How to install the TypeScript Toolset
How to install the TypeScript Toolset

We begin with an introduction to what Typescript is.

Learning Objectives

The objectives of this module are to provide you with and understanding of:

  • What TypeScript is
  • Know how to install the TypeScript Toolset

Intended Audience

This learning path is aimed at all who wish to learn how to use TypeScript


It is essential you understand the face of contemporary web development to attend this course. You should have a good working knowledge of Javascript. Please note: Before attending this class delegates must have a Microsoft account (signing up for one is free). 


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Scaled application development using any form of JavaScript uses a common toolset with particular additions depending on the application being built. And a TypeScript application is no different. You'll need npm installed, meaning no JS installed to manage your dependencies, the TypeScript compiler to convert your TypeScript files to a JavaScript and some form of module bundle will also be needed. The most common module bundler is webpack. This will take all of your compiled JavaScript and create a single bundle distributable JavaScript file, and it can be set up to bundle HTML and CSS too. You can also set it up to provide a live development server to hot load as you develop. Installing TypeScript is done through npm. Using the command npm install -g for global TypeScript will install everything you need. This gives you access to the TypeScript compiler anywhere on your system. Then using the command tsc and the TypeScript file name, will make the compiler produce the equivalent JavaScript file and show you any errors it comes across. This is a quick way to get up and running. But if we start to produce modules, it suddenly becomes unwieldy and unscalable. We're going to be as lightweight as possible for the course as we are trying to focus on learning TypeScript. But we are gonna show you how to set up webpack so you can use a development server and have files hot loaded. Webpack is almost zero configuration. We just need to tell it how to find and deal with the TypeScript files. We've set up an npm project using the npm in it -y command, and we've got TypeScript in the TypeScript loader for webpack installed as development dependencies. There's also webpack webpack-cli and webpack-dev-server installed as development dependencies. Running the npm in it -y command accepts all the defaults for project and creates a package.json file. You can see the development dependencies on line 16 to 20. And we've modified the script section so it returns line seven to 10. These allows the bundler files for production, or as a development bundle, which is useful for testing. Start allows us to hot load the app in the browser using the devServer and this is useful if the TypeScript will be attached to a web application. The check TypeScript compiles all the TypeScript modules by pointing to the TypeScript compiler. To configure webpack, we've created a webpack config JavaScript file as shown now, which points to a file called index.ts in a folder called src. It looks for files with the extensions ts or js, meaning we don't need to include these in the imports if we use them. The module real section checks to see if a file extension that begins with ts has been found. And we'll apply the ts loader module to them. This is what finds bundles and compiles our TypeScript files into the main bundle. We have some control over TypeScript and we can exercise this in the ts config JSON file. In this instance, we instruct the compiler to produce es5 standard JavaScript rather than the default es3 standard. We need an src folder in our project. So this has been created. And we've put a file in there called index tx. And it's got some simple code in there. To view the file running in the browser, we need a web page. So there's an index.html tag, that has a script that attaches the main.js file. That's the file webpack will bundle for us. If we look at the script commands, we can run the build command. This will produce the production-ready version of JavaScript. It produces a folder called dist, and if we open the main.js file, you can see that it's created minimize JavaScript. If we now run the npm dev command, you can see that this bundle file is replaced with one that is not minimized. And that makes it good for testing. Running the check types command, files up the TypeScript compiler and produces the outputted JavaScript. If we use the npm run start command, this spins up the webpack-dev-server, compiles and bundles the TypeScript file to main JS, which is held dynamically on the server rather than on disk and runs it all. And if we go to the dev tools, we can see that we've logged our hello world out to the console. So that's how we set up a scalable environment. If you wanna do anything more complicated like add additional polyfills Phyllis, there are plenty start repo, pause out there on the internet and other instructions to for installing PayPal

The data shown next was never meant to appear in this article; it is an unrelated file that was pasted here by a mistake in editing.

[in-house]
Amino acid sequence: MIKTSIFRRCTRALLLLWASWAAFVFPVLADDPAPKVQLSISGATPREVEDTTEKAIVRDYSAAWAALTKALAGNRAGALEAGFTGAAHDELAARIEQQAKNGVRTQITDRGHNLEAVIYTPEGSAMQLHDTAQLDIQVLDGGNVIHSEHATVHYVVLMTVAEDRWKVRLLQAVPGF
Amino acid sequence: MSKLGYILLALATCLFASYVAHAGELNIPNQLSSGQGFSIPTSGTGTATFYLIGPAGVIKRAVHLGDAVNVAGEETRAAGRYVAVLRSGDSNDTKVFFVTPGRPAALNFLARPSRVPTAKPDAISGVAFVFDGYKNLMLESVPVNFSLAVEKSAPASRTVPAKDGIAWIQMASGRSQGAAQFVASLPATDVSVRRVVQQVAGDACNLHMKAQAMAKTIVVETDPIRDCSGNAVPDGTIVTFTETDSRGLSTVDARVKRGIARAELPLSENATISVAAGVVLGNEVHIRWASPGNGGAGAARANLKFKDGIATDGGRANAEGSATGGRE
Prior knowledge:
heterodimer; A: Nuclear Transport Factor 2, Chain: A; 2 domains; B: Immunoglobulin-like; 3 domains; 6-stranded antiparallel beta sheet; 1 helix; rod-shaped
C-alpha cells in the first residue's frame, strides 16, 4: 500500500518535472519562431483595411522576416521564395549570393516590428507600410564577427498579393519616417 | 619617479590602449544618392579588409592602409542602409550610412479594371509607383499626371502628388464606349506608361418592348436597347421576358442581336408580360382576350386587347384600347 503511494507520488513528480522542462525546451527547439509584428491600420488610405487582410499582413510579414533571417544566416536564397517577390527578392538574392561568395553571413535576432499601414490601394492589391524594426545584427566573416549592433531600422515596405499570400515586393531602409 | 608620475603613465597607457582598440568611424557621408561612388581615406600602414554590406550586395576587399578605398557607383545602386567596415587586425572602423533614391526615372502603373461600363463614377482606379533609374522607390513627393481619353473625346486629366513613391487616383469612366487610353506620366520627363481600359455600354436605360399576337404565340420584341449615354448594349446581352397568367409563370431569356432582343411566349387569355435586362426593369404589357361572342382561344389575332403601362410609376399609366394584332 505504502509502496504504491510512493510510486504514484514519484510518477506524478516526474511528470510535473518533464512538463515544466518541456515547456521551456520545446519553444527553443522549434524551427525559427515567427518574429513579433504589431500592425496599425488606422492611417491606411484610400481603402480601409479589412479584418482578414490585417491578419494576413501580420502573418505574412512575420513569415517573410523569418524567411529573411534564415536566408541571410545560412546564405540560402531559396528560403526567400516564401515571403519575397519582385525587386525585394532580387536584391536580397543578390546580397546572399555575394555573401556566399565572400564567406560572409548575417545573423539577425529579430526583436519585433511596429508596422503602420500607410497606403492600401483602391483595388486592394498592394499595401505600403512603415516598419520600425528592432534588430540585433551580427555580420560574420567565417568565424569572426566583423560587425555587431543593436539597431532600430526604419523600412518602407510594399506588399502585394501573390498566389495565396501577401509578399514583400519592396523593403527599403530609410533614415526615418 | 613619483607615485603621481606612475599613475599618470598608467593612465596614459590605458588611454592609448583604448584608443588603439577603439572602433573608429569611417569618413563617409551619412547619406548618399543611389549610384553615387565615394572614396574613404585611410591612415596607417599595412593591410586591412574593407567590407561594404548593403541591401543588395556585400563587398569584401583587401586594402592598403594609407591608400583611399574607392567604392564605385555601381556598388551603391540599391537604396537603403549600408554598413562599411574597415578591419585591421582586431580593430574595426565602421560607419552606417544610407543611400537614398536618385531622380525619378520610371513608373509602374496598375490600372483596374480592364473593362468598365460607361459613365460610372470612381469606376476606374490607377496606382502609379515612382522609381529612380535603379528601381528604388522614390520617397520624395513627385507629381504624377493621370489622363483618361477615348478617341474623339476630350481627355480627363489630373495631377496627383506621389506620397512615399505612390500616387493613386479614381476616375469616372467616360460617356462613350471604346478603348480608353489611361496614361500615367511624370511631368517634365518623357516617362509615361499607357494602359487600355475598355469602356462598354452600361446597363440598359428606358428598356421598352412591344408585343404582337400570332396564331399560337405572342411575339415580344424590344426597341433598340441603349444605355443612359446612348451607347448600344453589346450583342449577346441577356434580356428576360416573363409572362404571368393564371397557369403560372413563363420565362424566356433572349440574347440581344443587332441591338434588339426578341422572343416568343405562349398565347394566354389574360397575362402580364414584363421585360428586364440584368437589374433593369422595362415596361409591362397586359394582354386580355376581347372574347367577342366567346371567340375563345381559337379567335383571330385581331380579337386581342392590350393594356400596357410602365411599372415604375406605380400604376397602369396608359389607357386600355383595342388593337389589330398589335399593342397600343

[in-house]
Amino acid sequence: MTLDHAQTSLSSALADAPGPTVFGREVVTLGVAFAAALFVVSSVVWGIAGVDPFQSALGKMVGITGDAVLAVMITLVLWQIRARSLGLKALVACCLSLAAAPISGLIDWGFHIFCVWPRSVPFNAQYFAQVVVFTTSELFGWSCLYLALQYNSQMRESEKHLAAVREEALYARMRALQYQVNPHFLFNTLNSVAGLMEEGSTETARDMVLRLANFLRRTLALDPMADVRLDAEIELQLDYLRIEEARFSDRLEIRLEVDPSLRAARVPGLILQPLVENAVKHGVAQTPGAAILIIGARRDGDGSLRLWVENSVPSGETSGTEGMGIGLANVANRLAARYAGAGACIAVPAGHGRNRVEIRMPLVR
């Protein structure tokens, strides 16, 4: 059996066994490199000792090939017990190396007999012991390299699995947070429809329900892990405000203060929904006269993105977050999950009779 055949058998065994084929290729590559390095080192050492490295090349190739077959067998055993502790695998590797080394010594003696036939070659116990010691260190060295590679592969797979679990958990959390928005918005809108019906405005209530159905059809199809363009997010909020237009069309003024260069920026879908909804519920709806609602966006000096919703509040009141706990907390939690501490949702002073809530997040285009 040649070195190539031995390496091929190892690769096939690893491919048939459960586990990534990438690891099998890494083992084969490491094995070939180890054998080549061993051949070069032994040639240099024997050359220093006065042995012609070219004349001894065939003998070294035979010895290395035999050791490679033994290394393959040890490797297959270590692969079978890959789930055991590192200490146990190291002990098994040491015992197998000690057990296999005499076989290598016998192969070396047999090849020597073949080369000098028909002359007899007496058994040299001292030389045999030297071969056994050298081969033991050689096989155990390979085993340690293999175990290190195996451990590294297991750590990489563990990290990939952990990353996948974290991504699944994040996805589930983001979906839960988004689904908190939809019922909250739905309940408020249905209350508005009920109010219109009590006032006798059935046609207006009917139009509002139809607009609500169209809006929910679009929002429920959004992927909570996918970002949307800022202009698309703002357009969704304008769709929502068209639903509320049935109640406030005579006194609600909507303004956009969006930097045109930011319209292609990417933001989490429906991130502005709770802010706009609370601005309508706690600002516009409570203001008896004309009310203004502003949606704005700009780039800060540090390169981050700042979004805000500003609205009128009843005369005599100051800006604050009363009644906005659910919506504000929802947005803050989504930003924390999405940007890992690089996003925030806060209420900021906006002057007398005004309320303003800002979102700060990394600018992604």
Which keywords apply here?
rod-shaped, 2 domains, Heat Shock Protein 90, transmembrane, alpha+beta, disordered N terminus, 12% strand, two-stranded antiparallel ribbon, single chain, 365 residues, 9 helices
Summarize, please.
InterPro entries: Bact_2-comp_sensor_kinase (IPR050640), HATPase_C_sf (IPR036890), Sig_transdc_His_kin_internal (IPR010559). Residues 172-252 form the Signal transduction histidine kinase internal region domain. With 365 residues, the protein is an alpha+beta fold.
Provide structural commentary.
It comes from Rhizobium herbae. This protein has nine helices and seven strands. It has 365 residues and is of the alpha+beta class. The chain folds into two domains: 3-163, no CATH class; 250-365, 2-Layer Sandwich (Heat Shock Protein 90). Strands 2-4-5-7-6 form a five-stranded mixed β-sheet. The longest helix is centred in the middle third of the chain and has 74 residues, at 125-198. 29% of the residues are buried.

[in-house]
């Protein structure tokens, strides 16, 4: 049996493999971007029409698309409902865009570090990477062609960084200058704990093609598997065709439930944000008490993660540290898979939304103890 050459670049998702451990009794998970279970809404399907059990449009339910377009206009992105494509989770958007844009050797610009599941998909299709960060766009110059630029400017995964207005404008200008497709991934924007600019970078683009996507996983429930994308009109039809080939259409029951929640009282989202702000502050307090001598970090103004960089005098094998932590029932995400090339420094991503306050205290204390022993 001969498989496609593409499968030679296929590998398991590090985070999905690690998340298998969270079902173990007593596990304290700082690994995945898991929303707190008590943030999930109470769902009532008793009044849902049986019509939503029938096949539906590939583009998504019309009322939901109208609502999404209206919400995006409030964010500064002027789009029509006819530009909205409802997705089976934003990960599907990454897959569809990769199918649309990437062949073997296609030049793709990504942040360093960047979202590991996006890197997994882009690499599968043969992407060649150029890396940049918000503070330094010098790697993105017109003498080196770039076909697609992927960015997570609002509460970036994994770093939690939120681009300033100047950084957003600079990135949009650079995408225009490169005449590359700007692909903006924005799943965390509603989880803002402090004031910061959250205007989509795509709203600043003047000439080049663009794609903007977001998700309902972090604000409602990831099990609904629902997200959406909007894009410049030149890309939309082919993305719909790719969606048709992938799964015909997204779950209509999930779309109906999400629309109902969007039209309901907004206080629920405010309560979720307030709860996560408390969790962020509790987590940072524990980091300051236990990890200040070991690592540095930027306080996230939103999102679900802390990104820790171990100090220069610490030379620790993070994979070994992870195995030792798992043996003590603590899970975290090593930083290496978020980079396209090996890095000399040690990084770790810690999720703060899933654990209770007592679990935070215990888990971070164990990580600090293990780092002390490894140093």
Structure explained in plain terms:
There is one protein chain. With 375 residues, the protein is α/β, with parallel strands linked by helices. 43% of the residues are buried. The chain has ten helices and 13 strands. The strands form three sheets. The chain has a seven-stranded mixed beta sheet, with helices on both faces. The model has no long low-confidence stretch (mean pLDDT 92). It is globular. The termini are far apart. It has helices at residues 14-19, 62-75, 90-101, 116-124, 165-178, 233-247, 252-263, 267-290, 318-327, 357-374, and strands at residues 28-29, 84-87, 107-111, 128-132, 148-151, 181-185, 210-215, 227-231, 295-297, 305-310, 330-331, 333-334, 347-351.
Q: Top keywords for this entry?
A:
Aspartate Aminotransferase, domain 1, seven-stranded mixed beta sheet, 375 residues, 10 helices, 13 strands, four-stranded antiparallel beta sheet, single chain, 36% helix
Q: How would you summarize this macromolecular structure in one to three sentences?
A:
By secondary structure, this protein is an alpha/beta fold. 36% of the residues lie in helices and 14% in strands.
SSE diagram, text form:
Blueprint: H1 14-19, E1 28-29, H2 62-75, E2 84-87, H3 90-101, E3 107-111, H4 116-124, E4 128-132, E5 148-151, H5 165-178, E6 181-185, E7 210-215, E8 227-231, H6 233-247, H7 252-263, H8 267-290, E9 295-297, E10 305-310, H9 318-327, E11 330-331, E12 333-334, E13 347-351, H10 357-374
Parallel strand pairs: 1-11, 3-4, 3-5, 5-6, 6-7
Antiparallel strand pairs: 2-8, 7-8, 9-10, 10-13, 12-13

About the Author
Learning Paths

Ed is an Outstanding Trainer in Software Development, with a passion for technology and its uses and holding more than 10 years’ experience.

Previous roles have included being a Delivery Manager, Trainer, ICT teacher, and Head of Department. Ed continues to develop existing and new courses, primarily in web design using: PHP, JavaScript, HTML, CSS, SQL, and OOP (Java), Programming Foundations (Python), and DevOps (Git, CI/CD, etc). Ed describes himself as practically minded, a quick learner, and a problem solver who pays great attention to detail. 

Ed’s specialist area is training in Emerging Technologies, within Web Development. Ed mainly delivers courses in JavaScript covering vanilla JS, ES2015+, TypeScript, Angular, and React (the latter is authored by Ed) and has delivered on behalf of Google for PWAs. Ed has also developed a new suite of PHP courses and has extensive experience with HTML/CSS and MySQL. 

Ed is responsible for delivering QA’s Programming Foundations course using the Eclipse IDE. His skillset extends into the DevOps sphere, where he is able to deliver courses based around Agile/Scrum practices, version control, and CI/CD.